“Shall I tell you what I find beautiful about you? You are at your very best when things are worst.”
-quote from the 1984 film Starman starring Jeff Bridges
Ok, so it is a corny movie, but one filled with great quotes. After nearly crashing into an18-wheeler hauling hay and a heated discourse about correct observance of the laws of a traffic light, ‘Starman’ says the line we all dread hearing from our teenagers when they are learning to drive: “I watched you very carefully. Red light stop, green light go, yellow light go very fast.”
When asked by a scientist about his observations of earth, Jeff Bridges’ character states, “You are at your very best when things are worst.”
When are we at our worst? We hear stories on the news about how communities come together to care for one another during natural disasters. Stories abound of people needing money for cancer treatments or surgeries and friends, neighbors, co-workers, and people who don’t even know the infirmed donate the necessary funds. Countless movies have been made about people in dire circumstances who worked hard and eventually rose above their circumstances. We as a people really are at our very best when things are at their worst.
But when we as individuals are at our very worst, does it bring out the best in us?
How does the person respond when their spouse asks for a divorce? How does the adult daughter behave when her mother passes away? How do we act when we have a child with a debilitating illness? Do difficult circumstances bring out the best in us? Usually, the opposite is true.
Although it doesn’t make things better or excuse our poor behavior, we are all guilty of a less than stellar response to a difficult situation. So, since we’re all in the club (t-shirts are on backorder), what do we do now?
Recently I came across an interesting piece of information about this. Someone reminded me that when we find ourselves in these difficult situations, it’s often not in isolation. Handling one major problem, while stressful, is usually not overwhelming. It’s when these situations arise one after another and build up that we don’t respond well. When it’s not just that you’re going through a divorce, but you also are having problems at work and with arranging for child custody and with handling the lost friendships because of the divorce that you become overwhelmed.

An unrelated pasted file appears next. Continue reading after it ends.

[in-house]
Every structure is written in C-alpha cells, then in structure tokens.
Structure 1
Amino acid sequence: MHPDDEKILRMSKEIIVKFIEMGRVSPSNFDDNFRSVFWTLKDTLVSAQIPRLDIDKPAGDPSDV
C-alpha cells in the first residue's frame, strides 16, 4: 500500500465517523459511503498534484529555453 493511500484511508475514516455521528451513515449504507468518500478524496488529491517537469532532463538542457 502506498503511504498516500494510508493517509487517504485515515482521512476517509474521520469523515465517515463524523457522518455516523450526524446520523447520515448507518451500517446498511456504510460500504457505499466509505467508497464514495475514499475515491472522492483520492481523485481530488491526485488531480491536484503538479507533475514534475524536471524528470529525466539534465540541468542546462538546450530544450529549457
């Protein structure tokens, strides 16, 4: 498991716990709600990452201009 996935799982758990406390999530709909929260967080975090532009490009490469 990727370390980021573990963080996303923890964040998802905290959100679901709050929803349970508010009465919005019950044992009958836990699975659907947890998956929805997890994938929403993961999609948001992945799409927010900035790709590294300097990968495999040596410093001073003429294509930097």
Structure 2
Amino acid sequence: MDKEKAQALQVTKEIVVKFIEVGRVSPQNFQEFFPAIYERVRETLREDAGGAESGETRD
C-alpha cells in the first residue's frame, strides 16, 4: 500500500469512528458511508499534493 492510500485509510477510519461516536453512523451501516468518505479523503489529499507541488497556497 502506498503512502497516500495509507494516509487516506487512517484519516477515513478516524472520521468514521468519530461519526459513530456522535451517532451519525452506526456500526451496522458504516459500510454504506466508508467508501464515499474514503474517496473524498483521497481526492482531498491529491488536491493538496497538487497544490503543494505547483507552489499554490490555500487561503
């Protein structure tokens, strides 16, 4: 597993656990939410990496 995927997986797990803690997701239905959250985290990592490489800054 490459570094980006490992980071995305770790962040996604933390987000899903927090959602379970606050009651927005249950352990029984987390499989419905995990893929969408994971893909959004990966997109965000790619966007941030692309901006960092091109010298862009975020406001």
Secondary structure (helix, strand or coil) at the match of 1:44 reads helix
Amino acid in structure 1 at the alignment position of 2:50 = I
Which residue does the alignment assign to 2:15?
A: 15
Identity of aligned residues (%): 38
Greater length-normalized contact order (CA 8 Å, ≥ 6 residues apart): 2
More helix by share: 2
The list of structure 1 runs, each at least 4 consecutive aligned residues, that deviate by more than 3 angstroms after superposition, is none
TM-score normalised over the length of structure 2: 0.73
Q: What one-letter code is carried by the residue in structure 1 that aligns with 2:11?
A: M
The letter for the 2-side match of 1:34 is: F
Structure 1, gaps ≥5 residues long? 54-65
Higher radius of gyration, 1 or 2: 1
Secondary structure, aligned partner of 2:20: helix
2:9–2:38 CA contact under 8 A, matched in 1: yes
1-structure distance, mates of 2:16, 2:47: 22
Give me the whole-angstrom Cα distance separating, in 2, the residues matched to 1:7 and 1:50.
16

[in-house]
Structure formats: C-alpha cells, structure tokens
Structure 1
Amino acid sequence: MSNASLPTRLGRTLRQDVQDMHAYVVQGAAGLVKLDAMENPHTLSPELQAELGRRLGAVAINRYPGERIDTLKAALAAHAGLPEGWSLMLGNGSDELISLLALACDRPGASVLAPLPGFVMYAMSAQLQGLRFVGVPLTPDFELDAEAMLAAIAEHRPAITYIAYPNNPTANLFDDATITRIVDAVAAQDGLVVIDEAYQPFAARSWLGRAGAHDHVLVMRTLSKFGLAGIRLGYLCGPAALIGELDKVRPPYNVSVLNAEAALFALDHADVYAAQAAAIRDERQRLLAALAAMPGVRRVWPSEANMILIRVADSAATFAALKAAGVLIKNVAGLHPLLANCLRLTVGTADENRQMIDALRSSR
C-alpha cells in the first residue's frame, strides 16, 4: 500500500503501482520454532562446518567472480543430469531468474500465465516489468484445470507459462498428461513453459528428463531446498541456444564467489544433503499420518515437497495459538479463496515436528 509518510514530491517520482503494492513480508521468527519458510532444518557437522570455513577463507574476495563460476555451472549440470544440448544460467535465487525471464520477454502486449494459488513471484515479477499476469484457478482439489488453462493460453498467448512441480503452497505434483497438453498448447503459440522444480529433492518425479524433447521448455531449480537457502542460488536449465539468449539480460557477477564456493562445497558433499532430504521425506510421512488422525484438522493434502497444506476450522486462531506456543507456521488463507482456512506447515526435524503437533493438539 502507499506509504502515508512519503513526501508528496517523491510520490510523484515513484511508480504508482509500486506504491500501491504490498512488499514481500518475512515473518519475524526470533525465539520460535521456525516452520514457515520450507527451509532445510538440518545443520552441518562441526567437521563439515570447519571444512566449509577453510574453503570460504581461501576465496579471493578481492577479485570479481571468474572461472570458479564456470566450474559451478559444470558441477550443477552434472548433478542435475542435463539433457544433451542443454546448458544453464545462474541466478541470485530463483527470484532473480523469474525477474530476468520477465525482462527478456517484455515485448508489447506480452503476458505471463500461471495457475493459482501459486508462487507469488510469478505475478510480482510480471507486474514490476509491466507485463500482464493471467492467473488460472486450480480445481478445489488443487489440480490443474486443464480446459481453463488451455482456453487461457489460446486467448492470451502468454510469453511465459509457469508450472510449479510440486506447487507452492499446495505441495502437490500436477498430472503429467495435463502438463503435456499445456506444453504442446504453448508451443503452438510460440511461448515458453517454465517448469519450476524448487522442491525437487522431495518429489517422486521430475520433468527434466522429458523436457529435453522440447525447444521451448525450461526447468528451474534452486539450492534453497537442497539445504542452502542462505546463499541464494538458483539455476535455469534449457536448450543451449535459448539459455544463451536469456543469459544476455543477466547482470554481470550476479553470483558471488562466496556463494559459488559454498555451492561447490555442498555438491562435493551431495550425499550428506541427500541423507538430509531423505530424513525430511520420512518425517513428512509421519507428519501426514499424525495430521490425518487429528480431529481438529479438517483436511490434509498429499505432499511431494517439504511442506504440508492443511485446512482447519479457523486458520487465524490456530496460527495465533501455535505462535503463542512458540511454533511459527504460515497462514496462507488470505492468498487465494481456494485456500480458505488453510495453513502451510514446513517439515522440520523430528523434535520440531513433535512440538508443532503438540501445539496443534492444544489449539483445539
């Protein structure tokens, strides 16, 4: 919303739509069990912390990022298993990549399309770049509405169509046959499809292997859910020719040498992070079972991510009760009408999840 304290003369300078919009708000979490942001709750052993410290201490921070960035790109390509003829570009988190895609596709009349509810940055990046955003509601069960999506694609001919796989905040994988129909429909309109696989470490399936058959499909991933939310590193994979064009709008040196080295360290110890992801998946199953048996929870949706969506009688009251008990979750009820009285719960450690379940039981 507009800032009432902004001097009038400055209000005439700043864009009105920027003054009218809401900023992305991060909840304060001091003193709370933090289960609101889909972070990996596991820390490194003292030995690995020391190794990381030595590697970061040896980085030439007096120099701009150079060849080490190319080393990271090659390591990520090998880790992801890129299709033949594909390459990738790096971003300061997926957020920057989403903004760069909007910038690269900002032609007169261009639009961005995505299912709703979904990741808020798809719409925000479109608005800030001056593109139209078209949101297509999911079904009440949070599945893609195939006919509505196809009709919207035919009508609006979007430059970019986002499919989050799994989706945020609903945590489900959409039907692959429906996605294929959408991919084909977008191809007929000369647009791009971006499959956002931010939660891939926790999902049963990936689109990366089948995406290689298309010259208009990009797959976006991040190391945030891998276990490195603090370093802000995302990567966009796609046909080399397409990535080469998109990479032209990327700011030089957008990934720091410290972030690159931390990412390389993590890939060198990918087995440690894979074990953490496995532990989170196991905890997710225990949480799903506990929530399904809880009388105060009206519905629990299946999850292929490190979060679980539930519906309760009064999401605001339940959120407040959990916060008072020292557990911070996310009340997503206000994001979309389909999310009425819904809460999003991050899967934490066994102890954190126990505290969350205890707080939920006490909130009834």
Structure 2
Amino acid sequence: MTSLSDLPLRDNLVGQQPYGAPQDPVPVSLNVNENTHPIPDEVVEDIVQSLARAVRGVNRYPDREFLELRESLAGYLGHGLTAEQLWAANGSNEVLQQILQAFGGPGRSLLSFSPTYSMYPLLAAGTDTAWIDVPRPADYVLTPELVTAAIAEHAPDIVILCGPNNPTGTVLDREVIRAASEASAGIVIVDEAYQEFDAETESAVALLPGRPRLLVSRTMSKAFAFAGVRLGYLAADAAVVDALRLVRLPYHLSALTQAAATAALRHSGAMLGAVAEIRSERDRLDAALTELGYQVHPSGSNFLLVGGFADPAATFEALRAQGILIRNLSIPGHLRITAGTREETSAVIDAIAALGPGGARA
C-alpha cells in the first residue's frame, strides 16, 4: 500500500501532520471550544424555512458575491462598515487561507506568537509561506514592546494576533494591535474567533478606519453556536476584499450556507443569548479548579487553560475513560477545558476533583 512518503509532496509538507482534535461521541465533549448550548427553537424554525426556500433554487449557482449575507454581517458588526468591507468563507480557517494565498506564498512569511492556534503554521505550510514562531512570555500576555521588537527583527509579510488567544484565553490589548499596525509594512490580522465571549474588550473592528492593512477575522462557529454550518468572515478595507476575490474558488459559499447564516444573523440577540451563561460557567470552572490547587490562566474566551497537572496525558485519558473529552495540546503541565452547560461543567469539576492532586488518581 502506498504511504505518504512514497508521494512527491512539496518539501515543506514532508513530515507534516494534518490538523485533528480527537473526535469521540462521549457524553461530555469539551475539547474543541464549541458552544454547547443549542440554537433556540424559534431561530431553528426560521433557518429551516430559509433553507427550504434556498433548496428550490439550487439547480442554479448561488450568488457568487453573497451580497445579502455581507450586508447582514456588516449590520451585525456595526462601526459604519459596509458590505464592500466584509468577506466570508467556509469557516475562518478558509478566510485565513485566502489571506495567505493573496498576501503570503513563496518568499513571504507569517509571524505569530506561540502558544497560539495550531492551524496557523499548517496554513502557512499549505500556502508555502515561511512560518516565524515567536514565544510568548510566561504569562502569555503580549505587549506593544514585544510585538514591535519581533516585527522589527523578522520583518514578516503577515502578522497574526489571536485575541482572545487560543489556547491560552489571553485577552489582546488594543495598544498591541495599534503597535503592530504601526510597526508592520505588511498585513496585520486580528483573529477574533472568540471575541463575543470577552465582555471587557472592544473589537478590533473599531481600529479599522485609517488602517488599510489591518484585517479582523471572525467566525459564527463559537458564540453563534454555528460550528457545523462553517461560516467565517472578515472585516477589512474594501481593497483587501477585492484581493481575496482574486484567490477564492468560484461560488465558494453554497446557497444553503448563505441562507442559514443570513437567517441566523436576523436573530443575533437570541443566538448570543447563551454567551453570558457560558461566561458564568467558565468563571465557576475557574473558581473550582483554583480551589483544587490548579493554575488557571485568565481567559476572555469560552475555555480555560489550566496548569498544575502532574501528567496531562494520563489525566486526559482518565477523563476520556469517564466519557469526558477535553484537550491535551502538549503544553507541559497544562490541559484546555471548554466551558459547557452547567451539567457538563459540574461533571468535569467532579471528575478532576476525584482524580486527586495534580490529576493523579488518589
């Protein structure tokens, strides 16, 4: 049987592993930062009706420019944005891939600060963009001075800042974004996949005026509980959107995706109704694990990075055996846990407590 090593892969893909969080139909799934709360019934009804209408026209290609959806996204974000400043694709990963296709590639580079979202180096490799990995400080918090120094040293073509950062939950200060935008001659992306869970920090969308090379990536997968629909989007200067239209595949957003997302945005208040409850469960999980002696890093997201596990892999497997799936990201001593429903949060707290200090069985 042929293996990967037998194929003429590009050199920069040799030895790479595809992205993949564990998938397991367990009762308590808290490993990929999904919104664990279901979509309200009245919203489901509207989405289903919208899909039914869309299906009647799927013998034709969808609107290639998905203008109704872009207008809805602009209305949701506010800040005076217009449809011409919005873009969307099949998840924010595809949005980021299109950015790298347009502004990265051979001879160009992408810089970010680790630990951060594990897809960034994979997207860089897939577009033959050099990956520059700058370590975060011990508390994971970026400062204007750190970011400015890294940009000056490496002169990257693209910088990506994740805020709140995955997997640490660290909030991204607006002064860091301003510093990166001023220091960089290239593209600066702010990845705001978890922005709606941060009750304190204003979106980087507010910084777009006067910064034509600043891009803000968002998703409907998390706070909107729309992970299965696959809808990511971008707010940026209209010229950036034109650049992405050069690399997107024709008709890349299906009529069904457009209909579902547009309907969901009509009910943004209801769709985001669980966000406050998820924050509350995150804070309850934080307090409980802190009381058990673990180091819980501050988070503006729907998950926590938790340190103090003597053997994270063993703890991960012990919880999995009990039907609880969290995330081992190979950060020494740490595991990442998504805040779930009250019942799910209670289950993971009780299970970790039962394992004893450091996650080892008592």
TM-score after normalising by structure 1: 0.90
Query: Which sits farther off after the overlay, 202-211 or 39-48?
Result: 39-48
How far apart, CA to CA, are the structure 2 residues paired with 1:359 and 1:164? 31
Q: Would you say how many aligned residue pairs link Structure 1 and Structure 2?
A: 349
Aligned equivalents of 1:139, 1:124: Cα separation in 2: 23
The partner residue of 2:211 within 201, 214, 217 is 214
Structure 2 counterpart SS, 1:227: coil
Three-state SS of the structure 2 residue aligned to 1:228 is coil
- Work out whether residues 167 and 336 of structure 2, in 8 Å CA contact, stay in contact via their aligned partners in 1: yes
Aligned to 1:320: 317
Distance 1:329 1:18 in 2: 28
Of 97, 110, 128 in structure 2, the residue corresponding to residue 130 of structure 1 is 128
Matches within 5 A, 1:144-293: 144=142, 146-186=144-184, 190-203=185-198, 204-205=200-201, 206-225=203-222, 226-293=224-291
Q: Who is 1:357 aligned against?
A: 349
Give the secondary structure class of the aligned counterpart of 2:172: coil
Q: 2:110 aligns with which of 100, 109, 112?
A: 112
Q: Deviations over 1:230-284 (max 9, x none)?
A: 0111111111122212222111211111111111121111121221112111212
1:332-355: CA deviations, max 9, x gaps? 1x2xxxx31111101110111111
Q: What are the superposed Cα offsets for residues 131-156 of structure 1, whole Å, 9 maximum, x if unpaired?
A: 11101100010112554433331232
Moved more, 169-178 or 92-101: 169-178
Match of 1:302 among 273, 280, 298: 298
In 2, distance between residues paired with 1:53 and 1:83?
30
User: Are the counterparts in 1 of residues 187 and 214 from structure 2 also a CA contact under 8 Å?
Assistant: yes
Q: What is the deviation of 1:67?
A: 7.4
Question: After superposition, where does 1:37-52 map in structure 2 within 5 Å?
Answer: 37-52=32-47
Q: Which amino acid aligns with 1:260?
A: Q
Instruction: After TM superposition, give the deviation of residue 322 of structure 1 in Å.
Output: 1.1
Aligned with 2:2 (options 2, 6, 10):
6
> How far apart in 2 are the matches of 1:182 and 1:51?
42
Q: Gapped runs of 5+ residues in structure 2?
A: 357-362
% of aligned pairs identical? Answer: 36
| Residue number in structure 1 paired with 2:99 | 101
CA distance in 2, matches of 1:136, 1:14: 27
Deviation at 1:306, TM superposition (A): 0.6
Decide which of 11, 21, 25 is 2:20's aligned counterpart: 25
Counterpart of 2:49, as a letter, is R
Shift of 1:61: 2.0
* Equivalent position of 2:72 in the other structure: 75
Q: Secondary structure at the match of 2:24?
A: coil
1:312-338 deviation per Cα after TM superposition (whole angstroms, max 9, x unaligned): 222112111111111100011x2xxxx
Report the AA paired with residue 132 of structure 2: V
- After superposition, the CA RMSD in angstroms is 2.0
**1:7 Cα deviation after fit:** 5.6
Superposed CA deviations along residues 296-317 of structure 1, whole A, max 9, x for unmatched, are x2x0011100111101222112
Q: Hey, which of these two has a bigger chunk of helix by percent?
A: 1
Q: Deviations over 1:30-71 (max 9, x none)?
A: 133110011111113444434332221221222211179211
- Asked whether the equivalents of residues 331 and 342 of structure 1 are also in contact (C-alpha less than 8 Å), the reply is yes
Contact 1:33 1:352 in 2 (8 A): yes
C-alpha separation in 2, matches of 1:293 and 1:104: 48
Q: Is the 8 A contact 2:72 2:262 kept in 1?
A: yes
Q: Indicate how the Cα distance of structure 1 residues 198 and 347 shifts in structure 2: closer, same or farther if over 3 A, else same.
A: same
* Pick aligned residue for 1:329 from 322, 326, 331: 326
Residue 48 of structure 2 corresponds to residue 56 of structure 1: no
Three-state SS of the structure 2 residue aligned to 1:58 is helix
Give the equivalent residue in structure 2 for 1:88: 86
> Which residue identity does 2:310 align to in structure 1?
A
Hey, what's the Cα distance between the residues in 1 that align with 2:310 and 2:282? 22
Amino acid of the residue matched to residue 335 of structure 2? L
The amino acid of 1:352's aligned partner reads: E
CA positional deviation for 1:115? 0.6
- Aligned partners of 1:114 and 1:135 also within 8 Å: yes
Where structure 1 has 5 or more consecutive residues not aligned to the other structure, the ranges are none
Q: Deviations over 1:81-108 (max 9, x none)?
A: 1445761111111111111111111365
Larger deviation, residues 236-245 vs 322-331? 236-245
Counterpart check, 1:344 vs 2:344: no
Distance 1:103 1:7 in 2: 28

So then, what do you do now? You realize that there is more than one thing going on and acknowledge that it may get worse before it gets better. Then you back up and give yourself some grace. One moment, one action, rarely defines who you are as a person. You are the composite of all your actions, all your beliefs, and all your behaviors. The only way your one ill-conceived action can define you is if you choose to let it.
This has made me wonder, what do I do when I see a friend or colleague acting in a manner inconsistent with whom and what he/she is? Do I write them off as erratic and uncontrollable? Do I end the relationship that I have with them? I hope not.
Since we all are in the club, we’ve all ‘been there and done that’ at some point, I choose to show others some grace also. It’s the very rare day that I allow one thing to end any relationship.
Wouldn’t it be nice if others would extend to us the same courtesy and grace? When someone is at their very worst, they really need someone who is at their very best.